John Libbey Eurotext

Gelastic seizures with dancing arising from the anterior prefrontal cortex Volume 16, numéro 2, June 2014


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1 Division of Pediatric Neurology, Dept. of Pediatrics, University of Alberta, Edmonton Clinic Health Academy
2 Dept. of Psychiatry, University of Alberta, Walter Mackenzie Health Sciences Centre, University of Alberta
3 Dept. of Surgery, Department of Surgery, 2D Walter C Mackenzie Health Sciences Centre, University of Alberta, Edmonton, Alberta, Canada
* Correspondence: Richard Tang-Wai Division of Pediatric Neurology, Dept. of Pediatrics,University of Alberta. Edmonton Clinic Health Academy, 11405-87 Avenue, Edmonton, Alberta, T6T 1C9, Canada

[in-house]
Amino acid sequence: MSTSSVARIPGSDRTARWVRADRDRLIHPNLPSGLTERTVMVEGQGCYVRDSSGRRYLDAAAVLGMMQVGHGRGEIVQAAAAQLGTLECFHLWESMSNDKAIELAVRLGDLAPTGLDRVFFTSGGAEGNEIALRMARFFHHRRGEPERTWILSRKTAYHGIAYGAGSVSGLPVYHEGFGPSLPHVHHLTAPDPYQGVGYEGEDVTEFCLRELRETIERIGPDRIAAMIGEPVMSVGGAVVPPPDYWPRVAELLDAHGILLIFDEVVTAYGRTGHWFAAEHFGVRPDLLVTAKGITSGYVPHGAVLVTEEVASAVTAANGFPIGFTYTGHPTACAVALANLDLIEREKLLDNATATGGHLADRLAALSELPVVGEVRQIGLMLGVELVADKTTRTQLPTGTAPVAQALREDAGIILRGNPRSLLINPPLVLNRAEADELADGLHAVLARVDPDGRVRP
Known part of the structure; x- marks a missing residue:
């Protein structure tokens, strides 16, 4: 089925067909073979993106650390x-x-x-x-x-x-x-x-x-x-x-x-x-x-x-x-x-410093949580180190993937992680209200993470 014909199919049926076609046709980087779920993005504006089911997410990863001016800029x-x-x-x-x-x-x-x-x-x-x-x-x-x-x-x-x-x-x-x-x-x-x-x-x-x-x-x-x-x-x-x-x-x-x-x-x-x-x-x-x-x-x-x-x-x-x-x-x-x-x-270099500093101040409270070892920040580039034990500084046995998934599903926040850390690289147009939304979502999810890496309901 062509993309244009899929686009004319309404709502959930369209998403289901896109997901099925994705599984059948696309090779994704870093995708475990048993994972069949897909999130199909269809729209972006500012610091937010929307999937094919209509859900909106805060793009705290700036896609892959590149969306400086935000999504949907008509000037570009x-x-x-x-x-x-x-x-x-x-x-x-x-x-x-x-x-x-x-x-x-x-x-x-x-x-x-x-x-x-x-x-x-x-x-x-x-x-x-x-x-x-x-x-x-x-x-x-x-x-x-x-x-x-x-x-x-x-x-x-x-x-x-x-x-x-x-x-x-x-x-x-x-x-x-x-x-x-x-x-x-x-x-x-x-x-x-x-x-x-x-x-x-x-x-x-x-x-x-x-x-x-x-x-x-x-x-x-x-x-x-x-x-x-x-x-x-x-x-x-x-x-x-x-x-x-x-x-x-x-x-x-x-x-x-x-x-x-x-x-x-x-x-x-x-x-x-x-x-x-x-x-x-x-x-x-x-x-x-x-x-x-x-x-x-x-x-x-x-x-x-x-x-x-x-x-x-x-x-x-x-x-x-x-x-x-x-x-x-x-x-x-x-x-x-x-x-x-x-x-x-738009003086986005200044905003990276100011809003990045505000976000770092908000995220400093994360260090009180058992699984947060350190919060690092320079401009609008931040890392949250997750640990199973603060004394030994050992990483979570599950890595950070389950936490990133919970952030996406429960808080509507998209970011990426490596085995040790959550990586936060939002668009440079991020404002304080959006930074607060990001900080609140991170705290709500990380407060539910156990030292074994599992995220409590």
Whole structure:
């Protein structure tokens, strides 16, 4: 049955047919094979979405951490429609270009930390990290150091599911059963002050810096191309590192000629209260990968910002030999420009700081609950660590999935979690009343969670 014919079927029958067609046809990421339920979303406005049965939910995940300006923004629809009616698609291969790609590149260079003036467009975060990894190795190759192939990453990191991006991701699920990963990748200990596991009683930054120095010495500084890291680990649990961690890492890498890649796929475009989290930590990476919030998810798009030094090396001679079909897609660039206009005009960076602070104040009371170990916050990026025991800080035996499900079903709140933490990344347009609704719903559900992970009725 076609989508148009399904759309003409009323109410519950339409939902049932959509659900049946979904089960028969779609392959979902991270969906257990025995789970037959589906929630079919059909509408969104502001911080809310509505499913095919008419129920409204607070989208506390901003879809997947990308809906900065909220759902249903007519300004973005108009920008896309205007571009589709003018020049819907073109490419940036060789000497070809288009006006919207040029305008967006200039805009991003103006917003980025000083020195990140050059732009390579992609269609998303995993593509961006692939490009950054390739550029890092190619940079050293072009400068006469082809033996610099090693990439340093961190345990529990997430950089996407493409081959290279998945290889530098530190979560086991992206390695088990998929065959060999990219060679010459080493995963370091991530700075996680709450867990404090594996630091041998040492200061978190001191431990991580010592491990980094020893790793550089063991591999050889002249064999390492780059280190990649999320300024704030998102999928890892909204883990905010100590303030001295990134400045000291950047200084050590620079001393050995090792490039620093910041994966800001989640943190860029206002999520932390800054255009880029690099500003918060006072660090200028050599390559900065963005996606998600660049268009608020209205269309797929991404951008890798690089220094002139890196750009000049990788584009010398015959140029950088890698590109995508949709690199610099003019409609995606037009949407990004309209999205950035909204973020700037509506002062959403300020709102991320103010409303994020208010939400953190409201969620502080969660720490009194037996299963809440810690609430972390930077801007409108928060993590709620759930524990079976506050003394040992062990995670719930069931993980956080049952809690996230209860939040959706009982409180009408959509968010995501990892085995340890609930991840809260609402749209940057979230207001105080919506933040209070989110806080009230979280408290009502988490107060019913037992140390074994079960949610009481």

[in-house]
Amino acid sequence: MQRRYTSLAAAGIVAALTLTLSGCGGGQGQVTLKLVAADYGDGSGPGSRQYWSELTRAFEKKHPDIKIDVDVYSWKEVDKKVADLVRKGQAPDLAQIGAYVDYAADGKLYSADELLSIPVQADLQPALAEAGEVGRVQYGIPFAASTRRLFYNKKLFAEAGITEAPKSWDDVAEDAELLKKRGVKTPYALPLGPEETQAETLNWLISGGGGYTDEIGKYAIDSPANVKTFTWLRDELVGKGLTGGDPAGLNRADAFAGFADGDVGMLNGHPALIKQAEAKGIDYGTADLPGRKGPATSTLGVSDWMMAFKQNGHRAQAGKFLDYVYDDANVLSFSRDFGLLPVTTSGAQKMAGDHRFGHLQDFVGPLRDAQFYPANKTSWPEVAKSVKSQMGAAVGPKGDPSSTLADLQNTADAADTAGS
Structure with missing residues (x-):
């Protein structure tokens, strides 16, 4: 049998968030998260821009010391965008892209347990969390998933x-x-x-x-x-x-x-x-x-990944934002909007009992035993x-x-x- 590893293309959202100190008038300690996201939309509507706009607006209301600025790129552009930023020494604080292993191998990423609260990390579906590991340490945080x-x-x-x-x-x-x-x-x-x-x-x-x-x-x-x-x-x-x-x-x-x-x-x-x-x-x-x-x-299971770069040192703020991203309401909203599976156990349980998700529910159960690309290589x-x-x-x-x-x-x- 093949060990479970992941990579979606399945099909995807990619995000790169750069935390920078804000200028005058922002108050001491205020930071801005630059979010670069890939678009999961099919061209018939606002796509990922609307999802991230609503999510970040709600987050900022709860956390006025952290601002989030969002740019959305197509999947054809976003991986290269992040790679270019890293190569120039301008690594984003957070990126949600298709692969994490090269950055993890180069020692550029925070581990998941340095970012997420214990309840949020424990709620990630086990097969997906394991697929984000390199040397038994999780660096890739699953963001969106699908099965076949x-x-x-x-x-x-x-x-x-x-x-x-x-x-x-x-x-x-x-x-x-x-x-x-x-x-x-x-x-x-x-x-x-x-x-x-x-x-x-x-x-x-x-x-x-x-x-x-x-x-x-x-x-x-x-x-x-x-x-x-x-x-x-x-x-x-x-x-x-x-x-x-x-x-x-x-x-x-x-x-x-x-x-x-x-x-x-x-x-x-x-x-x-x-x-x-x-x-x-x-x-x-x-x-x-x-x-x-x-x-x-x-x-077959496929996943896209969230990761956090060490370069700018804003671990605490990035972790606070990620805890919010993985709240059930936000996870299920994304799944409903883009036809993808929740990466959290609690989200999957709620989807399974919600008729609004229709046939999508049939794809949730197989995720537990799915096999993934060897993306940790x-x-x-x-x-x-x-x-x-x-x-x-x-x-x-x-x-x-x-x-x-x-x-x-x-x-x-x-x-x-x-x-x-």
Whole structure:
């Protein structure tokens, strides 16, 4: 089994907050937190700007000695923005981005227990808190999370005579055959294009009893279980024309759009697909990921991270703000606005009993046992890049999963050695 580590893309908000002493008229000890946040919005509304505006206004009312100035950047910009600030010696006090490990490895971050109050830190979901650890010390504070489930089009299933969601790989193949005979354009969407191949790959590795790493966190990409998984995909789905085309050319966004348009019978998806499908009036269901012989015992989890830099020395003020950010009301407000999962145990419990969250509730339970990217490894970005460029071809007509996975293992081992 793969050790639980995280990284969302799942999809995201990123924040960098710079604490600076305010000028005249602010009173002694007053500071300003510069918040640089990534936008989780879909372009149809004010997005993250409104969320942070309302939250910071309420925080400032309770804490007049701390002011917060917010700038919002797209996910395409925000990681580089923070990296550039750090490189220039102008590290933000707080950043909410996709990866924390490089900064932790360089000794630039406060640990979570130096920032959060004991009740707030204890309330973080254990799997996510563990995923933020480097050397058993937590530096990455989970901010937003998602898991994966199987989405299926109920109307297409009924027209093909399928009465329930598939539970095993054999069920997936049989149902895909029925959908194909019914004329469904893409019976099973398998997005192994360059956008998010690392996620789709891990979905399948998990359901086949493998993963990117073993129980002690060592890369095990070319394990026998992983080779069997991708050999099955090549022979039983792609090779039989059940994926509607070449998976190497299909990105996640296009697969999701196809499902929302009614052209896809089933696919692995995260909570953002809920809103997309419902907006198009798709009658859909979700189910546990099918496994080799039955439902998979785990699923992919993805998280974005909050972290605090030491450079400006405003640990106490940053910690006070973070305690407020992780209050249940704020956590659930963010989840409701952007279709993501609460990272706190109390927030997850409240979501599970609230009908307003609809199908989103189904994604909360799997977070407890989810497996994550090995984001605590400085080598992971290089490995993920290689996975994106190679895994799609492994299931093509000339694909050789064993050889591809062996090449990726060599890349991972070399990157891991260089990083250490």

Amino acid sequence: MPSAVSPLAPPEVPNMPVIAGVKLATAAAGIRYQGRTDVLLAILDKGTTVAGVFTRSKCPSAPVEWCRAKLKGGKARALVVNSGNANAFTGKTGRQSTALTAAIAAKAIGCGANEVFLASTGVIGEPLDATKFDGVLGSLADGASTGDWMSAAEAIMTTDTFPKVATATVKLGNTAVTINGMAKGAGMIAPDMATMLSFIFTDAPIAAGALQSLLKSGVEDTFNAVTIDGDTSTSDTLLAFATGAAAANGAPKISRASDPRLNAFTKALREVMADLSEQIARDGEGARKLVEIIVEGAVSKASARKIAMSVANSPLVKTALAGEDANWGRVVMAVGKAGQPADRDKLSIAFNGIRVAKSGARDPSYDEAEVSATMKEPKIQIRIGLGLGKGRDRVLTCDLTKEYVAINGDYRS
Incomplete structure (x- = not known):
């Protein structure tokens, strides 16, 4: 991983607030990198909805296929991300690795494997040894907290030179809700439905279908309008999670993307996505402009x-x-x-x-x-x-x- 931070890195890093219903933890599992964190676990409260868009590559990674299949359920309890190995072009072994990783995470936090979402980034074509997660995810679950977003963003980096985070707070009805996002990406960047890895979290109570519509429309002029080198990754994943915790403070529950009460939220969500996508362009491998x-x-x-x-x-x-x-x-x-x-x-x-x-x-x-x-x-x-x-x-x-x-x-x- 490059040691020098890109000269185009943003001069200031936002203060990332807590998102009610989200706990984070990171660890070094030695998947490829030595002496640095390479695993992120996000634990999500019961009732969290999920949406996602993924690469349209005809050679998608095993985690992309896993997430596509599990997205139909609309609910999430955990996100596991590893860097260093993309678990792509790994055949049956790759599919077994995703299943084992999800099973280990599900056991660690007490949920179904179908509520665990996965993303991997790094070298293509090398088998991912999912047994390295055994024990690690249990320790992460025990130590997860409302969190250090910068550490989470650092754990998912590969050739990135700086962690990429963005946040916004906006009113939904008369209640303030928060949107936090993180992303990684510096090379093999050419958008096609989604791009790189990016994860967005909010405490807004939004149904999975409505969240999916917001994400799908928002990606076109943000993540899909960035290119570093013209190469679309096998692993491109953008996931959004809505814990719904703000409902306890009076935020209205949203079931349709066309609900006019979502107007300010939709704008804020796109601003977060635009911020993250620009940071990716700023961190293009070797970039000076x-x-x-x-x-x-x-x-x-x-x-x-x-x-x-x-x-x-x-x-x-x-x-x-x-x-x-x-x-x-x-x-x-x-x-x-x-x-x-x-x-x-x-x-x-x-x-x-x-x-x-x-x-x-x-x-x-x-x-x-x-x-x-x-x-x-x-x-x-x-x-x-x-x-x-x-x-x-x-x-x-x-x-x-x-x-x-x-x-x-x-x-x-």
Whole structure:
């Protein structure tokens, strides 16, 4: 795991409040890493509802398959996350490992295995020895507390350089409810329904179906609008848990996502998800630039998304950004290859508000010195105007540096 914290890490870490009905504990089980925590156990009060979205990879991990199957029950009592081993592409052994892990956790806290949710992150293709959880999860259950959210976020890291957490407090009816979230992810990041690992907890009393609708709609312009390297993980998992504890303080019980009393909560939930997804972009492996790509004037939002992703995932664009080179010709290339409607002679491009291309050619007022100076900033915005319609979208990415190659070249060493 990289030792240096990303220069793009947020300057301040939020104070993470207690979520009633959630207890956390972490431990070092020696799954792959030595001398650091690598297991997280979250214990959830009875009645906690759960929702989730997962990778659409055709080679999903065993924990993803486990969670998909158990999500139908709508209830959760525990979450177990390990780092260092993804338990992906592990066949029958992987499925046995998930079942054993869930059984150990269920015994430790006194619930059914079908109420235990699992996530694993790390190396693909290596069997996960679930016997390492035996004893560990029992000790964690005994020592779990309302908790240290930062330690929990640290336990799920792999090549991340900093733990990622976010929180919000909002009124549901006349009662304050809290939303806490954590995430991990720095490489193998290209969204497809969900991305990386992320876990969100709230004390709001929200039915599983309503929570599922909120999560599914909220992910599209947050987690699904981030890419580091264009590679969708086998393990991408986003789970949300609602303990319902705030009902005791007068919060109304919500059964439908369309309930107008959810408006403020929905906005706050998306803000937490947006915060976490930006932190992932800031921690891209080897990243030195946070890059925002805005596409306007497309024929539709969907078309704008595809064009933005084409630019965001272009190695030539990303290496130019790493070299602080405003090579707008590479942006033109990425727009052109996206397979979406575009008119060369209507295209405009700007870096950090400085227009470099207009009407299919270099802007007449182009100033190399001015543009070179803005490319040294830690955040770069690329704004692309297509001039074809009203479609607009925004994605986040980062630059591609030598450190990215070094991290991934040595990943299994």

Aim.This case report provides insight into the function of the anterior prefrontal cortex (aPFC), specifically Brodmann Area 10 (BA10), and its interconnectivity. Method. We present a 10-year-old patient with lesional epilepsy and ictal onset, localised to BA10 in the aPFC. Results. Thirty-four seizures were recorded. All seizures involved a demonstration of elation with laughter that was associated with a variety of different patterns of complex motor behaviour that included performing specific celebratory movements and acting out a Michael Jackson dance move. Electrographically, the seizures were all stereotyped and arose from the right frontal region, followed by a distinct left temporal ictal rhythm that corresponded with the onset of the behaviours. The lesion in the right aPFC was identified as a mixed lesion with both dysembryoplastic neuroepithelial tumour cells and type II cortical dysplasia. Conclusion.The electrographic analysis and unique seizure semiology suggest a connection between the aPFC and the contralateral temporal lobe. This neural pathway appears to be involved in the activation of previously formed procedural memories, creating an intensely positive emotional experience.